The Board of Trustees tossed out a much-needed winter intersession in August 2012 and replaced it with a trimester system. The collegeâ€™s spring and summer sessions have had to change names and fake official starting dates in order to fool CSU and UC admissions.
The results? Chaos and a calendar that has yet to prove itself successful.
Angry students rightfully became impatient after waiting hours in line to enroll in classes for Extended Spring in the April 8 Black Monday madness. Frightened registration clerks fled their posts after feeling threatened and all the administration could do was attempt to reassure that this, too, shall pass.
26,000 students would have been able to compete for classes on Lancerlink in a more organized fashion, but the lack of priority registration overloaded the antiquated system. At a rate of 2 million hits per hour, Lancerlink failed.
â€œMy first problem was that there was no priority for [registration] when itâ€™s supposed to be used for people who need to get out and need to transfer,â€ said Brandon Grainger, a criminal justice student who took part in the hectic registration process.
Students missed classes, work, and wasted time all because PCCâ€™s administration would rather run a college like a company.
In a press conference held March 26, President Mark Rocha insisted that not having a winter intersession was better for students because starting and stopping the school year is a handicap to students, especially those who are on the remedial level of English and math. The most significant improvement â€“ and the apparent primary benefit of the cancellation of winter â€“ is the increase of persistence, he said.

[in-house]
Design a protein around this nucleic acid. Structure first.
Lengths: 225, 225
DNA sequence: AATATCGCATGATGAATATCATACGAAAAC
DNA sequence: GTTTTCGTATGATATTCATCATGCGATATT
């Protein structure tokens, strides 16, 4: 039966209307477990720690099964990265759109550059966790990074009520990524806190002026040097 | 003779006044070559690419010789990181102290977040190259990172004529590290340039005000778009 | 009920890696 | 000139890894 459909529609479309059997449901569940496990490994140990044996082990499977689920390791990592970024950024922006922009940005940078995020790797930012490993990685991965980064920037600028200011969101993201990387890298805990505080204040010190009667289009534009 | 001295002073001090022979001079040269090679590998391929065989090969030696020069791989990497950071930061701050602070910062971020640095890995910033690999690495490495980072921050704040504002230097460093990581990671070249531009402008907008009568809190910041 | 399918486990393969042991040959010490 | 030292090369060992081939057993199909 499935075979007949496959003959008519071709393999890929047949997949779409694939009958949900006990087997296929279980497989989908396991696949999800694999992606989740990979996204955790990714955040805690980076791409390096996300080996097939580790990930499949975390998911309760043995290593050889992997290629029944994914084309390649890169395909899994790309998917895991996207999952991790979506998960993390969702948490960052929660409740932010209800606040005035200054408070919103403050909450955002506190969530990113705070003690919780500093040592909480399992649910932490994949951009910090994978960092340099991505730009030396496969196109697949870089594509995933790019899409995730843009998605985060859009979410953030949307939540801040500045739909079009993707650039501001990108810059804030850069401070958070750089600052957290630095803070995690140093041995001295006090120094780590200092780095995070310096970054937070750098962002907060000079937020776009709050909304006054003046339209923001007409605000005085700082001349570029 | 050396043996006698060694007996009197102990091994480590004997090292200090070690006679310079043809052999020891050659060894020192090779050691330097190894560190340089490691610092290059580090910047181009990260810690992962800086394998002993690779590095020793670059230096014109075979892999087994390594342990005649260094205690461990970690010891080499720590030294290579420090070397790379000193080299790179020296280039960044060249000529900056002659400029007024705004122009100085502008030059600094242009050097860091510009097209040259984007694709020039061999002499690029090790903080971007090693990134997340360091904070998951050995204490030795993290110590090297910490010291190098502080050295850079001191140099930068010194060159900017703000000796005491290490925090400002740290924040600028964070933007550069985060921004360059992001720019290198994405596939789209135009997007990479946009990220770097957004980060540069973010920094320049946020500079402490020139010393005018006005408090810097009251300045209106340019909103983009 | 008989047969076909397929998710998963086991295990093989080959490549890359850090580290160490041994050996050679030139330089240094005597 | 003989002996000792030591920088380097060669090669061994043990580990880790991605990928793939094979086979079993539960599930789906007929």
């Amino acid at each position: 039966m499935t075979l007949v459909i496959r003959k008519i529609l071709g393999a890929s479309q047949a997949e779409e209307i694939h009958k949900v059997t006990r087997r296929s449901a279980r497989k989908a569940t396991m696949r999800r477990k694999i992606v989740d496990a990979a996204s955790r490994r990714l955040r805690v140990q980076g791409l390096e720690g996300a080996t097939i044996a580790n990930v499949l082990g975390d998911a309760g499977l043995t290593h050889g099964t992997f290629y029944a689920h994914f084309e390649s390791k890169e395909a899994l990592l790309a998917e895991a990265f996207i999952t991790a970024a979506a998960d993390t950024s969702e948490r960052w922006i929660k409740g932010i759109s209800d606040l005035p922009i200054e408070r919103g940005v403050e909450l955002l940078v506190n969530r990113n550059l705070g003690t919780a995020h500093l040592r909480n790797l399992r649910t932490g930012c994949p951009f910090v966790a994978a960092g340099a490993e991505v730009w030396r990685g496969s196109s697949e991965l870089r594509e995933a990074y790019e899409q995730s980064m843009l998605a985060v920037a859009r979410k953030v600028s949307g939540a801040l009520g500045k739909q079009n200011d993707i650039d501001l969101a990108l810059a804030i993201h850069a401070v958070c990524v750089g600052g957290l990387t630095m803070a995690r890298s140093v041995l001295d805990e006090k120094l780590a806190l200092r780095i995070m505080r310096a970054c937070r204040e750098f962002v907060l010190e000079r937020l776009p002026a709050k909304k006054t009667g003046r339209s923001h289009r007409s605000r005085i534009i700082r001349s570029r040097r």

â€œA big stoppage in the calendar doesnâ€™t help,â€ said Rocha. â€œThe longer gap you have in the calendar, the more students you lose from fall and spring.â€
However, because of the complicated calendar situation, students who couldnâ€™t get Extended Spring classes or never planned on taking any classes after spring will roughly have a four-month break with no classes.
At an emergency meeting held the same day Extended Spring registration opened, Senior Vice President Robert Bell said that because spring semester was still underway, Lancerlinkâ€™s outdated system would not allow for priority registration to be done a second time during the same semester.
â€œI was told we couldnâ€™t schedule a second priority registration period. We did seek that out,â€ he said.
If there had been a winter session, spring and summer would have begun in Feb. and June like normal. Priority registration wouldnâ€™t have been a problem to begin with. The registration fiasco could have been avoided if the calendar had been left alone. The Board and administrators tried to fix something that was never broken.
Until change occurs and trust in the administration can be rebuilt, students are reduced to threatening registration clerks and fleeing an institution that they all thought was focused on student success.